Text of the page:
Onur on Fukuoka hotel check-ins in: Police creating unlawful “foreign passport check” signs in the name of (and without the knowledge of) local govt. authorities!


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Hi Blog.  Onur, our local watchdog on Japan’s hotel policies towards “foreign guests”, has submitted another report, this time on hotels in Fukuoka.  The last case he submitted exposed how police in Mito, Ibaraki Prefecture, were deliberately lying about the law to create notices requiring the racial profiling of all “foreigners” at hotel check ins.  Now in Fukuoka the same thing is happening, only worse:  Fukuoka Prefectural Police are creating erroneous signs in the name of local government authorities without the knowledge of those local authorities!

This is odious.  Given the recent Debito.org report about racist check-ins at Sakura Hotel in Jimbocho, Tokyo (done according to the hotel itself “to provide safety for our guests“, whatever that means), and the fact that I uncovered this unlawful practice more than ten years ago in my Japan Times columns (“Creating laws out of thin air,” Zeit Gist, March 8, 2005; “Ministry missive wrecks reception,” ZG, Oct. 18, 2005, and “Japan’s hostile hosteling industry,” JBC, July 6, 2010), it seems the problem is nationwide and systemic.  Our police forces continue to enlist the public in their racial profiling of “foreigners” (whether or not they are tourists or residents of Japan), whether or not the law or the local authorities permit them to. (It doesn’t.)

Read on for Onur’s latest.  Well done.   Dr. ARUDOU, Debito


Date: Nov. 17, 2016
From: Onur
Hello Dr. Debito,

I am Onur, who sent the poster that Ibaraki Police distributed to the Hotels. I had a similar experience in Fukuoka. I stayed in S.B Hotel Hamanomachi. I saw the attached poster on the reception desk. I asked permission and took a photo it. It clearly says that they ask every foreigner to present his/her passport.


However, I just wrote my Japanese address to guest registration form during check-in and the reception did not ask me to show a passport or a card. The check-in was smooth.

Later I stayed in Hotel New Gaea Hakata-Eki Minami. The reception asked my passport. I said I don’t carry it. Then they asked my residence card. I don’t have to show it but I showed my residence card to reassure them. Then the receptionist took my card and went to another room without saying anything. I was shocked. I asked what are you doing? He said he is copying my residence card. I said no. According to the law as I am a foreigner with an address in Japan, no copying is necessary. Then the receptionist was shocked when I said no. He did not say anything and gave my card back to me.

I decided to solve this problem by contacting the people in charge. At the bottom of the poster, it is written “Health Center in Fukuoka Prefecture and Fukuoka Prefectural Police”. Therefore, first, I went to Central Health Center (中央保健所) in Fukuoka City. I talked with the person in charge for the hotels. He was very friendly and helpful. I showed the poster in the first hotel and told the incident in the second hotel. He said that even though the poster says “Health Center in Fukuoka Prefecture” at the bottom of the poster, the poster is not prepared by the health center and he has never seen this poster before. He said the information in the poster is definitely wrong and the poster may have been prepared by the hotel. He said they will contact to those two hotels and warn them.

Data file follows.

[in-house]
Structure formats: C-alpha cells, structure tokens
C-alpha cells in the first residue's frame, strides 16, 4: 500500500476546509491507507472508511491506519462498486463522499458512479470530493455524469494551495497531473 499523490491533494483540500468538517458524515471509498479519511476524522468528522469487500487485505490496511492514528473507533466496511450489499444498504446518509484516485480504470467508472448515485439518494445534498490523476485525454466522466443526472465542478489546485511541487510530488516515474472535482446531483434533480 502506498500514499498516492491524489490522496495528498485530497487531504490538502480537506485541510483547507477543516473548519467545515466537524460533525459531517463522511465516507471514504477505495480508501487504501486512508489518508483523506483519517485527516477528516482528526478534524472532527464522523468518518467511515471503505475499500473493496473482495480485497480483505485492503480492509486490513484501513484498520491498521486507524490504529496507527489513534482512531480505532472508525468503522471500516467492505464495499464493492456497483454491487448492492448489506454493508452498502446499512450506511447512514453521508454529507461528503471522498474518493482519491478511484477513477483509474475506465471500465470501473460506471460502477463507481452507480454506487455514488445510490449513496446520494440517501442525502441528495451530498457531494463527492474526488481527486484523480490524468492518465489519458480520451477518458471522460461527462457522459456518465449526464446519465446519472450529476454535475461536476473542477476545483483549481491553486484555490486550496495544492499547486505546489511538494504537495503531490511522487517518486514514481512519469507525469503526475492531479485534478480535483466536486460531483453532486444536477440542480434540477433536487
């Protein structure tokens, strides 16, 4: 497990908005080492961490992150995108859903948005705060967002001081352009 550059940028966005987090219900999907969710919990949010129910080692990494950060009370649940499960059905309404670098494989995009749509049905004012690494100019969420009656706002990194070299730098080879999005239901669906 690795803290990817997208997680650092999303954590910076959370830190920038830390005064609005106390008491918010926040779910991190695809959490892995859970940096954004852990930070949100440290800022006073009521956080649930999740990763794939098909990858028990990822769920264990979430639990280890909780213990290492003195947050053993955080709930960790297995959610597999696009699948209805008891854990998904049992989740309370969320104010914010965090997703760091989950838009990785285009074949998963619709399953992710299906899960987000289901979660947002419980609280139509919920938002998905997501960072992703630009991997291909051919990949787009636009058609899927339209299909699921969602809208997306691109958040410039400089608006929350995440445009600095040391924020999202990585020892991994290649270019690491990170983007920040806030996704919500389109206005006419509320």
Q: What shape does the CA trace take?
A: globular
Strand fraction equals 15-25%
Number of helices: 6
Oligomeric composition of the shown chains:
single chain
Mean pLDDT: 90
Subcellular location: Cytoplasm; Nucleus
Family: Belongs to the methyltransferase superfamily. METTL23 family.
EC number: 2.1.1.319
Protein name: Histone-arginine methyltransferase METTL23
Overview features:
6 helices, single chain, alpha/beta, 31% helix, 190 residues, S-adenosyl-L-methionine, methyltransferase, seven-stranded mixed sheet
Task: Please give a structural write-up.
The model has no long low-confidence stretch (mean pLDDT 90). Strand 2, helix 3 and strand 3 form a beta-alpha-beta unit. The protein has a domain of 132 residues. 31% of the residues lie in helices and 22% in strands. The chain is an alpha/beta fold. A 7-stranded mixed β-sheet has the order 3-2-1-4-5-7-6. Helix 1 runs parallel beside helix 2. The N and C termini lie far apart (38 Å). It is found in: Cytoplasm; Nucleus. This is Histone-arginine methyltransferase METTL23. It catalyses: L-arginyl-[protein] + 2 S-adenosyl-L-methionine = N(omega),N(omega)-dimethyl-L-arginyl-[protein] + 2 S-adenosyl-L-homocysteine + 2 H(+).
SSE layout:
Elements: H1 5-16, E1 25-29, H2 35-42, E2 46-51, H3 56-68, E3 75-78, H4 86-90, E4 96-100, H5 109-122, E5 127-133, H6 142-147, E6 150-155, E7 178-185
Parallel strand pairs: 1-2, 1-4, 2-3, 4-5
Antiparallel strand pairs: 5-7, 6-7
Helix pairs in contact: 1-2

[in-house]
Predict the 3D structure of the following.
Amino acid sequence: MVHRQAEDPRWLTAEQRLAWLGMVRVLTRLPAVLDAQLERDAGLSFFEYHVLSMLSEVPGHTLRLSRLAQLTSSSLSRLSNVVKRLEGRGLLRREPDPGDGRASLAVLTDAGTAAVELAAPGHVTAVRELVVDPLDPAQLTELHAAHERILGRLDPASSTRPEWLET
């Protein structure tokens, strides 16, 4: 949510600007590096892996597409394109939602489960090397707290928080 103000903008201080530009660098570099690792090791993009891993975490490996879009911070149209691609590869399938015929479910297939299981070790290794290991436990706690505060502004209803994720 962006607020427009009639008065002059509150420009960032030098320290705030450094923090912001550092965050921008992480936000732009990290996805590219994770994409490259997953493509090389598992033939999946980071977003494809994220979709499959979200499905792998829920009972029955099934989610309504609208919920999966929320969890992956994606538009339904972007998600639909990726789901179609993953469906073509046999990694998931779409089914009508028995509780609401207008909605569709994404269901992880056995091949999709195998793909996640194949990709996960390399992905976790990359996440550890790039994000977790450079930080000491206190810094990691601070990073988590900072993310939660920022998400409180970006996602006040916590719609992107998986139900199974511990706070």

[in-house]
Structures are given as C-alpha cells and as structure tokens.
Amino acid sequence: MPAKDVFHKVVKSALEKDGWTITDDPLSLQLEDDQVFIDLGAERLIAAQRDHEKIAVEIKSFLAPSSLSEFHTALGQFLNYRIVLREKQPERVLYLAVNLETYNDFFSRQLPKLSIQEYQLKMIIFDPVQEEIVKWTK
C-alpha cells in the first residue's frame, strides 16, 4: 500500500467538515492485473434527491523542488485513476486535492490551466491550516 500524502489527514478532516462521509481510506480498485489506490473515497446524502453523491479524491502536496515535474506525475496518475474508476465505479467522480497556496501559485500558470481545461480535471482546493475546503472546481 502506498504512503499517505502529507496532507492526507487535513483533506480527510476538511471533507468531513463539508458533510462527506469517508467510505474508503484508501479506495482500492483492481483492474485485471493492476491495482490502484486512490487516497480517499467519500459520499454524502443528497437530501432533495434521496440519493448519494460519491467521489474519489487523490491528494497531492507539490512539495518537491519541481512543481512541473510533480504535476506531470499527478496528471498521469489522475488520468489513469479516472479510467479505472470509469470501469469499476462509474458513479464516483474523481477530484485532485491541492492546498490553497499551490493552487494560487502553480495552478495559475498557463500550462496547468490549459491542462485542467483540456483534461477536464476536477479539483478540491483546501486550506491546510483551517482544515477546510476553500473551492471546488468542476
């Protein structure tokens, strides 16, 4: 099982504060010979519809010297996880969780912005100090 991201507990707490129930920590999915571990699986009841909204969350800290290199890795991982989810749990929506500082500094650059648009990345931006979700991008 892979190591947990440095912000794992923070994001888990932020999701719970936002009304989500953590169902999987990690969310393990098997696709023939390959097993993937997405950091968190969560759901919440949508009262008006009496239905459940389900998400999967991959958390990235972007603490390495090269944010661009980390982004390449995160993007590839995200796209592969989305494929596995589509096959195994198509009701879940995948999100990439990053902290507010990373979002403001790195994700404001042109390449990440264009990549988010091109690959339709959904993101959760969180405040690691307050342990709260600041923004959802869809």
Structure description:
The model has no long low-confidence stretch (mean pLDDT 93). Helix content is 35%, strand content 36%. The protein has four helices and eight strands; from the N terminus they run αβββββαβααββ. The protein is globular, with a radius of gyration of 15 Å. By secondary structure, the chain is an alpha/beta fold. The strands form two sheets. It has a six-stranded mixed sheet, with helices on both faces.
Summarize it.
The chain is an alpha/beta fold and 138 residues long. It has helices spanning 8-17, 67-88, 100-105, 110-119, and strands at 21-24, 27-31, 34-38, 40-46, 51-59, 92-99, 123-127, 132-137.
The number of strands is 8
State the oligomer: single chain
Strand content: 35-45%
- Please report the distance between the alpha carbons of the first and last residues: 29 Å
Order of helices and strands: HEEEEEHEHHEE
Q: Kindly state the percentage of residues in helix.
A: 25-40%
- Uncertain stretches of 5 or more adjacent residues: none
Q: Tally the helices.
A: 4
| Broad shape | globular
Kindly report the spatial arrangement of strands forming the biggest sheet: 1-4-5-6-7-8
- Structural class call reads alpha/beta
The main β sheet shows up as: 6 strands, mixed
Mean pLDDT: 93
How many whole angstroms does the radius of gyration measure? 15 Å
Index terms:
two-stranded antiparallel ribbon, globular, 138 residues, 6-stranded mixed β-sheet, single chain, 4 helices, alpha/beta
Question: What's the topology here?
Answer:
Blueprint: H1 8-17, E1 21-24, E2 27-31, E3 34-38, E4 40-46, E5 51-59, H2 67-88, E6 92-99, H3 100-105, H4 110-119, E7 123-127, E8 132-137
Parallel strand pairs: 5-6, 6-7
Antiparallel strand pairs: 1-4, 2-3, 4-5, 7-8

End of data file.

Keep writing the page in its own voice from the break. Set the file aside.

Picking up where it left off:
Then I went to Fukuoka Prefectural Police Headquarters. I showed the poster and asked to talk with the officer in charge. As the prefectural headquarters is very big, it took a long time to find out the officer in charge. Three officers came. They were friendly and willing to solve the problem. First I showed the poster. They accepted that the police printed the poster and distributed to the all hotels in Fukuoka prefecture. I showed the official announcement of the Health, Labour and Welfare Ministry at https://www.city.shinjuku.lg.jp/content/000062471.pdf and said that their poster is clearly different. They were very surprised. It seems that they did not know the details of the hotel law and regulations well. They could not understand what is wrong in their poster. I gave a long speech about the law and the guidelines of the ministry. They finally understood the problem and apologized. They said they will check it in detail and fix the poster.

A few days later I got a phone call from the police. They apologized again. They said they will print a new poster, but it may take a long time to replace all the posters in the prefecture. They said they will ask the hotels to check only the residence card without copying it to verify the address, if the foreigner guest says he has an address in Japan. I said it is wrong again. I said “I called the ministry and they told me that there is no need to check the residence card or passport if a foreigner says he is living in Japan and writes the Japanese address to check-in form. Please call the ministry for the details and follow their guidelines exactly”. Later the Central Health Center in Fukuoka called me. They said they talked with those two hotels and also the police headquarters and warned them about following the rules. They said please call us if you experience such a problem again.